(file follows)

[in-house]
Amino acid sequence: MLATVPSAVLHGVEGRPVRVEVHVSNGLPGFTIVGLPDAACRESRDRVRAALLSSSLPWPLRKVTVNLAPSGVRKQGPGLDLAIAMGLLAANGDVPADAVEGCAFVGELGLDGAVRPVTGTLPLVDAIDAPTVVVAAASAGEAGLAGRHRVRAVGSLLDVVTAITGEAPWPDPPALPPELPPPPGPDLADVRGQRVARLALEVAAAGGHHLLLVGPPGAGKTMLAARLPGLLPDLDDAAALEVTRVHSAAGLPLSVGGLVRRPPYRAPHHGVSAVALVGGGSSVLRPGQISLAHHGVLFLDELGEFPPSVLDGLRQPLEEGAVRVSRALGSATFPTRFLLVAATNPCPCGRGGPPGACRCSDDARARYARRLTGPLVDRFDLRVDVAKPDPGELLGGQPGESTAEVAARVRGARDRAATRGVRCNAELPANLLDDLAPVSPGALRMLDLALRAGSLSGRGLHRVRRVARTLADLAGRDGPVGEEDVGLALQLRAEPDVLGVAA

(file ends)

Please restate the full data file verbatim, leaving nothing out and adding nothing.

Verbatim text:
[in-house]
Amino acid sequence: MLATVPSAVLHGVEGRPVRVEVHVSNGLPGFTIVGLPDAACRESRDRVRAALLSSSLPWPLRKVTVNLAPSGVRKQGPGLDLAIAMGLLAANGDVPADAVEGCAFVGELGLDGAVRPVTGTLPLVDAIDAPTVVVAAASAGEAGLAGRHRVRAVGSLLDVVTAITGEAPWPDPPALPPELPPPPGPDLADVRGQRVARLALEVAAAGGHHLLLVGPPGAGKTMLAARLPGLLPDLDDAAALEVTRVHSAAGLPLSVGGLVRRPPYRAPHHGVSAVALVGGGSSVLRPGQISLAHHGVLFLDELGEFPPSVLDGLRQPLEEGAVRVSRALGSATFPTRFLLVAATNPCPCGRGGPPGACRCSDDARARYARRLTGPLVDRFDLRVDVAKPDPGELLGGQPGESTAEVAARVRGARDRAATRGVRCNAELPANLLDDLAPVSPGALRMLDLALRAGSLSGRGLHRVRRVARTLADLAGRDGPVGEEDVGLALQLRAEPDVLGVAA